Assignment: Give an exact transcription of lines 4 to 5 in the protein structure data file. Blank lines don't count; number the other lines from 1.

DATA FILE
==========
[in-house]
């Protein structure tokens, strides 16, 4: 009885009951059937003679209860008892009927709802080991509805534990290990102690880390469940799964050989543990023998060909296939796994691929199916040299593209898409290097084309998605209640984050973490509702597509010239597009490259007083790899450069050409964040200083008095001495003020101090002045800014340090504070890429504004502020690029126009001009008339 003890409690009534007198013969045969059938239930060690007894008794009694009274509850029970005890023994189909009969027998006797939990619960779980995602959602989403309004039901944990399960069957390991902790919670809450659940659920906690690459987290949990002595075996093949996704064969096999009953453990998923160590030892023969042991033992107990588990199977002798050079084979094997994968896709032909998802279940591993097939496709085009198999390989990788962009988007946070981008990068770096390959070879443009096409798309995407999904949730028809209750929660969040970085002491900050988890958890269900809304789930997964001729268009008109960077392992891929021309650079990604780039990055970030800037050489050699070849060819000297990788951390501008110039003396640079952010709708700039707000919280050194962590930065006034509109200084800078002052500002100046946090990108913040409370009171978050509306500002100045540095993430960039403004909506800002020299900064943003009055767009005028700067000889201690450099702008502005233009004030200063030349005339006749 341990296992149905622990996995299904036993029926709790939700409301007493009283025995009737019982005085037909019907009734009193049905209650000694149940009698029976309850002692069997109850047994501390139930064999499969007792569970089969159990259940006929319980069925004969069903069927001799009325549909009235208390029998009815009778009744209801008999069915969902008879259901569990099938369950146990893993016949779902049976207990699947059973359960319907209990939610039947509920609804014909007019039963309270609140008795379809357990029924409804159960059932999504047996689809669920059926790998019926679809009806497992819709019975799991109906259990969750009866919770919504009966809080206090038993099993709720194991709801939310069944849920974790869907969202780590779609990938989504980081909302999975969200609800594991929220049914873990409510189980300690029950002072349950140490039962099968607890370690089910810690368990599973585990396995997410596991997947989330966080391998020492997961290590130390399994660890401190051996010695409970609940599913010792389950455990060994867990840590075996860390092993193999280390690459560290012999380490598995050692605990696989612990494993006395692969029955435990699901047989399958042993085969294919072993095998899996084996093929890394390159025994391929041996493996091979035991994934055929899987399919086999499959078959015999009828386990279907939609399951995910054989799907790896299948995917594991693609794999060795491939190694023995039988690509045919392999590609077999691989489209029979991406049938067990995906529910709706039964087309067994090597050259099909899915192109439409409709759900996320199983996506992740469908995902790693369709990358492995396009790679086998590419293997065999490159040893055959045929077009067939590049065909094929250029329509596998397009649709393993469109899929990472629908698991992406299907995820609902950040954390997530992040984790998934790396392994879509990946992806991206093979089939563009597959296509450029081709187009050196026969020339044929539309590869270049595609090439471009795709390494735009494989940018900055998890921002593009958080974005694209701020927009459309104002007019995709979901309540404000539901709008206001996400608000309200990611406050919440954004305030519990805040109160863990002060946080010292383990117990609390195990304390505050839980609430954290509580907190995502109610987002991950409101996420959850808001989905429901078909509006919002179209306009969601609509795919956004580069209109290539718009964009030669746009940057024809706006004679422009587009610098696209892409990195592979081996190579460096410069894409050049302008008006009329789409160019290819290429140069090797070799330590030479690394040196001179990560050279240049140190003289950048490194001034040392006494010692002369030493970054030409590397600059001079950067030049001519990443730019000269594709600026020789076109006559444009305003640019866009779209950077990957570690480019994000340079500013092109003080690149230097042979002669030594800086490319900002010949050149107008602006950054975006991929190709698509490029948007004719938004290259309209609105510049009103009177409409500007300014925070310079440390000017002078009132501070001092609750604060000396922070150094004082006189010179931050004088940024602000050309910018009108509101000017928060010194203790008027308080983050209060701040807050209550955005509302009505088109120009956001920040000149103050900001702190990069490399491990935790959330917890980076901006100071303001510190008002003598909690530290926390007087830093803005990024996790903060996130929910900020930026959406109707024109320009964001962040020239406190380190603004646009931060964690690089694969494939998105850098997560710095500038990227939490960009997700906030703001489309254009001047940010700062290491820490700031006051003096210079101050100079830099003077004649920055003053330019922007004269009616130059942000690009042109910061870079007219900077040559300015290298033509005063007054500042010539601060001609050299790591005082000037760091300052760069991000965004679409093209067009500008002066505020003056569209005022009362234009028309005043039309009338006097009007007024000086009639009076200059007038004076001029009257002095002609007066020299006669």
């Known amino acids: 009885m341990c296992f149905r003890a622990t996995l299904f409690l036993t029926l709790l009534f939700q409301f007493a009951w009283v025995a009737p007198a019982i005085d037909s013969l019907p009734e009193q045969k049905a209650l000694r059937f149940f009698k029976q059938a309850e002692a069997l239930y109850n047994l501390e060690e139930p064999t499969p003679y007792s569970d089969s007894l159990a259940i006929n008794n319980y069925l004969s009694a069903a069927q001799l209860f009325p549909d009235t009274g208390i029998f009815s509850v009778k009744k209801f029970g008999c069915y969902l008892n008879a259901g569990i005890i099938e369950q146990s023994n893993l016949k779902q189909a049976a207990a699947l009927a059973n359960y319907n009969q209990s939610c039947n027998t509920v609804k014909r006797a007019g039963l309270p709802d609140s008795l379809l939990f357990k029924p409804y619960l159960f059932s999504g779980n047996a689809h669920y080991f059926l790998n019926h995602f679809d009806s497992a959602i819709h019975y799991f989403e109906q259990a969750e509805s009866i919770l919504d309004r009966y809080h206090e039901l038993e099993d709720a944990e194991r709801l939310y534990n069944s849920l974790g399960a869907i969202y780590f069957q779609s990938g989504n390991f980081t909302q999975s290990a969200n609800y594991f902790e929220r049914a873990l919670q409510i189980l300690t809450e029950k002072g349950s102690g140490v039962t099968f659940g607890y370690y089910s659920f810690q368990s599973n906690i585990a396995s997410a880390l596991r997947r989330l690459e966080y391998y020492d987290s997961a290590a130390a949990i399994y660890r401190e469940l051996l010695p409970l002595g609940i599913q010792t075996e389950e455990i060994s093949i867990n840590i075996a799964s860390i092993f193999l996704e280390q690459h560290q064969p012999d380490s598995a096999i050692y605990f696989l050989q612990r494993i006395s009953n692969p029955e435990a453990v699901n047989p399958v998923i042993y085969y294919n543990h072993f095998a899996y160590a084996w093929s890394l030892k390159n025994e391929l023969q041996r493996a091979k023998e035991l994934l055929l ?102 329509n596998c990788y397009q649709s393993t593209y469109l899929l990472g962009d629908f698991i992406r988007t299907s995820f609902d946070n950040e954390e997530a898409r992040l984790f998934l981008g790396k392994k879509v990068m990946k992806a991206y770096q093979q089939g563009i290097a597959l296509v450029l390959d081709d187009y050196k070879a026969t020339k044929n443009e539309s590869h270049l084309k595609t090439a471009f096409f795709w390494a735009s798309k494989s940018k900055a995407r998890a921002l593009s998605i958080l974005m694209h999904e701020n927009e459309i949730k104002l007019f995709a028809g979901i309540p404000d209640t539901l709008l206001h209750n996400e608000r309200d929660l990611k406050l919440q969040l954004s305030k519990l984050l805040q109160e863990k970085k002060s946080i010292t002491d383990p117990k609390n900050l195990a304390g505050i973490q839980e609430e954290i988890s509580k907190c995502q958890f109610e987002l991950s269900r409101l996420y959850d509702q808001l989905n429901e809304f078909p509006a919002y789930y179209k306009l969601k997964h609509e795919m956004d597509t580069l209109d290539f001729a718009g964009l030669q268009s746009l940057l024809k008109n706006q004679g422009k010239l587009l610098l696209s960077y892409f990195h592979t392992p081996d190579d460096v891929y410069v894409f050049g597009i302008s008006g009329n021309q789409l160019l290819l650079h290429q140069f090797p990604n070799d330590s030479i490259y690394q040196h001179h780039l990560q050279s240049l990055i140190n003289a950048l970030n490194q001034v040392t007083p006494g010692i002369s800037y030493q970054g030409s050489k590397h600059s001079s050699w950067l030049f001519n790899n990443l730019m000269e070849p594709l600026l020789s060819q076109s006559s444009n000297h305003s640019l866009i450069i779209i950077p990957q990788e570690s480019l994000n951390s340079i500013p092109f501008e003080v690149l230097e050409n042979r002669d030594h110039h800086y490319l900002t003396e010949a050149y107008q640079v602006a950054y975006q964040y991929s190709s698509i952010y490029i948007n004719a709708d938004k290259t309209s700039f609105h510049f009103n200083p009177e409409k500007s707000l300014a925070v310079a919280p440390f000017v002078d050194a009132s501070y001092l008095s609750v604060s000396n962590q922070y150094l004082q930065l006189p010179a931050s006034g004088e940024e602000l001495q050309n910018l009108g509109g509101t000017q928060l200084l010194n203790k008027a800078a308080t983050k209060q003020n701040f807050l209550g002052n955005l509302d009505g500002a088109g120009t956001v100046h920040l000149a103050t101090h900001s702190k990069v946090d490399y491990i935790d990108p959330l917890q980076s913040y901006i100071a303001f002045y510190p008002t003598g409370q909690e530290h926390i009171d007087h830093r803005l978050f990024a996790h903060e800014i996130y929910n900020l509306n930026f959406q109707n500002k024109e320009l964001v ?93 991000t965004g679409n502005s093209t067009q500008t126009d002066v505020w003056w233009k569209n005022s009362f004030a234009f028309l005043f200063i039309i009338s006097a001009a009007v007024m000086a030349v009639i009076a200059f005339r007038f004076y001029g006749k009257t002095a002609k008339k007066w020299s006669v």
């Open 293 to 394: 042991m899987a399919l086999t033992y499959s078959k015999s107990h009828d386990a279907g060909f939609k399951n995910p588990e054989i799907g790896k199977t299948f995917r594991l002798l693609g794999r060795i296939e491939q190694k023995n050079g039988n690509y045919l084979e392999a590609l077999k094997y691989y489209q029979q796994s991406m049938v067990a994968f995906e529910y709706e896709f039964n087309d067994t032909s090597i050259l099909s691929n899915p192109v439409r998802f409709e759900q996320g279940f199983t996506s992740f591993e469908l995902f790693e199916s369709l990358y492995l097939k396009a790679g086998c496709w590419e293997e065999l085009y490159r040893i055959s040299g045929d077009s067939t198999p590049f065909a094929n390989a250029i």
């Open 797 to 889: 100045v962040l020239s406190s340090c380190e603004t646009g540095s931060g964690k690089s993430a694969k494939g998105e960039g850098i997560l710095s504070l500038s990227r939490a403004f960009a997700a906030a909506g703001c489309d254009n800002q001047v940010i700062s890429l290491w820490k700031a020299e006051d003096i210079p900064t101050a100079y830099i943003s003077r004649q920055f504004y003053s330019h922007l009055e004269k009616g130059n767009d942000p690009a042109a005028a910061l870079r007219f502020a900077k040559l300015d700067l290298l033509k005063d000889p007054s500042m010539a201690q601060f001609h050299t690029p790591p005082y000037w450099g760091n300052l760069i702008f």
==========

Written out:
């Open 293 to 394: 042991m899987a399919l086999t033992y499959s078959k015999s107990h009828d386990a279907g060909f939609k399951n995910p588990e054989i799907g790896k199977t299948f995917r594991l002798l693609g794999r060795i296939e491939q190694k023995n050079g039988n690509y045919l084979e392999a590609l077999k094997y691989y489209q029979q796994s991406m049938v067990a994968f995906e529910y709706e896709f039964n087309d067994t032909s090597i050259l099909s691929n899915p192109v439409r998802f409709e759900q996320g279940f199983t996506s992740f591993e469908l995902f790693e199916s369709l990358y492995l097939k396009a790679g086998c496709w590419e293997e065999l085009y490159r040893i055959s040299g045929d077009s067939t198999p590049f065909a094929n390989a250029i």
């Open 797 to 889: 100045v962040l020239s406190s340090c380190e603004t646009g540095s931060g964690k690089s993430a694969k494939g998105e960039g850098i997560l710095s504070l500038s990227r939490a403004f960009a997700a906030a909506g703001c489309d254009n800002q001047v940010i700062s890429l290491w820490k700031a020299e006051d003096i210079p900064t101050a100079y830099i943003s003077r004649q920055f504004y003053s330019h922007l009055e004269k009616g130059n767009d942000p690009a042109a005028a910061l870079r007219f502020a900077k040559l300015d700067l290298l033509k005063d000889p007054s500042m010539a201690q601060f001609h050299t690029p790591p005082y000037w450099g760091n300052l760069i702008f």